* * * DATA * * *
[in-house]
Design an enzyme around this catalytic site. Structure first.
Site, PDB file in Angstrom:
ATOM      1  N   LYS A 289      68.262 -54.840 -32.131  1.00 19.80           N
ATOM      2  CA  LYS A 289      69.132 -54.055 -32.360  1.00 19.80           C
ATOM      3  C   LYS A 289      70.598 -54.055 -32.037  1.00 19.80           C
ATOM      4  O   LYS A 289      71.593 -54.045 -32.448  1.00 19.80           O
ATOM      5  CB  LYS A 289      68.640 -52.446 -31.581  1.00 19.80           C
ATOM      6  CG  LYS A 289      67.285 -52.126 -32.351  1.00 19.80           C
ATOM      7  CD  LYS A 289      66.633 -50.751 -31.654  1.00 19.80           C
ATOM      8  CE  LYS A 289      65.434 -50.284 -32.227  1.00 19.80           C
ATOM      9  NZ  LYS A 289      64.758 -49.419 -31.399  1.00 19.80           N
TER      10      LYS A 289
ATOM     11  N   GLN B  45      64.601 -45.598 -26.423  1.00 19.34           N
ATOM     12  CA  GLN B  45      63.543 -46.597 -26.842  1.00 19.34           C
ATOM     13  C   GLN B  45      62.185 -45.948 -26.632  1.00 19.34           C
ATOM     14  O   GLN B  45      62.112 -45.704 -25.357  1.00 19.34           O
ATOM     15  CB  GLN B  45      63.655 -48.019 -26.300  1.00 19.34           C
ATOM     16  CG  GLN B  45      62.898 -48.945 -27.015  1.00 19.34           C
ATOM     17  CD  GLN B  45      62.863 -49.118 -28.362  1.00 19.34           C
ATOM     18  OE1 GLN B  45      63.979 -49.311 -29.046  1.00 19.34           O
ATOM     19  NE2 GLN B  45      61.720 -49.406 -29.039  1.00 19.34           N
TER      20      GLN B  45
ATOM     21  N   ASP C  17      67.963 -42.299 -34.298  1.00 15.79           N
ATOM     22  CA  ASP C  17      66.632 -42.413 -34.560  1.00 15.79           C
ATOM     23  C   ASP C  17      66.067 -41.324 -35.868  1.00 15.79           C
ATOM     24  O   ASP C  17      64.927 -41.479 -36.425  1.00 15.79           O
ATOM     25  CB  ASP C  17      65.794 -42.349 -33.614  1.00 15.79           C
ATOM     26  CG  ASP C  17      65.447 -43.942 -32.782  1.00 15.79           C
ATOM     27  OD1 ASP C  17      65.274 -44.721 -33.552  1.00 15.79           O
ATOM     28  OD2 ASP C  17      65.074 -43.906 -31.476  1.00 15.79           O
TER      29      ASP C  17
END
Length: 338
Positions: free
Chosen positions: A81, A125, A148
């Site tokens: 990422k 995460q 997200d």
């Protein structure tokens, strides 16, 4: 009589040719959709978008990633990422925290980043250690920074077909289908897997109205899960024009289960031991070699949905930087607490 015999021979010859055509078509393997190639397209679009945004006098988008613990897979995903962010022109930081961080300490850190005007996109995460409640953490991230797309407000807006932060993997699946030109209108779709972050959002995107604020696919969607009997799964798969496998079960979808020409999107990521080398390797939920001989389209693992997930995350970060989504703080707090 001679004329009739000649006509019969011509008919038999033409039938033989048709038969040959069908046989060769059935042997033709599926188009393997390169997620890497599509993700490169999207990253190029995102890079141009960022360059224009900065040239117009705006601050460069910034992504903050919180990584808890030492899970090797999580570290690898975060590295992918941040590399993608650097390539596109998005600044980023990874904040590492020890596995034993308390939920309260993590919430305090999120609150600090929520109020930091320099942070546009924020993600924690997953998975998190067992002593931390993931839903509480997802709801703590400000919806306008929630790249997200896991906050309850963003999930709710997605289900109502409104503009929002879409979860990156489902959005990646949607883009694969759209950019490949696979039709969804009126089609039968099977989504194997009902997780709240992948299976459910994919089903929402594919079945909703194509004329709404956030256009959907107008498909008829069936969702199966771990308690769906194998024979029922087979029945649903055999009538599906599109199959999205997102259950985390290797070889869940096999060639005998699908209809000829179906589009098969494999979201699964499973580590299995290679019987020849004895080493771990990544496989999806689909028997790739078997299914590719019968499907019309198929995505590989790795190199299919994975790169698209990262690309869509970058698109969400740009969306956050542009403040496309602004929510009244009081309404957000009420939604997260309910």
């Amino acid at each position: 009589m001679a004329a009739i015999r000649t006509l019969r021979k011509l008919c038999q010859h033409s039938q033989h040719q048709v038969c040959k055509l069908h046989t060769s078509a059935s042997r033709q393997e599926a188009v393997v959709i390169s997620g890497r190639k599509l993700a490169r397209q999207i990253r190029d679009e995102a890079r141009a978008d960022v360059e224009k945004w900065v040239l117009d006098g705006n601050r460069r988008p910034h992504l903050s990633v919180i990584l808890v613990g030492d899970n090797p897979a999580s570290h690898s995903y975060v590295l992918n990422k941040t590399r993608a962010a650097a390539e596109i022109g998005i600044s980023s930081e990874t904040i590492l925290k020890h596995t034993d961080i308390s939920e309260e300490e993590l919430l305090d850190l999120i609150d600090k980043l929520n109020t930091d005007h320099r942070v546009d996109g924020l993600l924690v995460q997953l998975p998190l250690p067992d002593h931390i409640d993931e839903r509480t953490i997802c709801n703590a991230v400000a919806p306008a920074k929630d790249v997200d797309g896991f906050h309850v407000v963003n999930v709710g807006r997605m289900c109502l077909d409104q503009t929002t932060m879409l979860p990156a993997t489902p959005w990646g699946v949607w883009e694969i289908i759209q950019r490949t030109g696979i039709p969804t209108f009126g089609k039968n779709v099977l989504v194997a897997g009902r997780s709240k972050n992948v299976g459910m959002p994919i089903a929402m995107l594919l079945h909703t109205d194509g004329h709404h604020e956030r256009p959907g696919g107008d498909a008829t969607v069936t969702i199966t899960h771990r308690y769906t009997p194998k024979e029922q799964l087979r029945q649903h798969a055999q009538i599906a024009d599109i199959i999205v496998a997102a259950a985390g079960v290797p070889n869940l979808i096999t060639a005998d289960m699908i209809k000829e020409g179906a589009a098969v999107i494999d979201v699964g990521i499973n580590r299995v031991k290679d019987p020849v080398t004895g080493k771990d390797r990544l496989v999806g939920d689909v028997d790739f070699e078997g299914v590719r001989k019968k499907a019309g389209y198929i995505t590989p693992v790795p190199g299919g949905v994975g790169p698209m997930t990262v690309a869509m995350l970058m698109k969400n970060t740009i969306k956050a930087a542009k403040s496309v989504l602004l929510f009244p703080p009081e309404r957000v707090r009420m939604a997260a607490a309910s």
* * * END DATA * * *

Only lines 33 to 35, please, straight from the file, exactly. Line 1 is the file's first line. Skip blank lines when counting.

END
Length: 338
Positions: free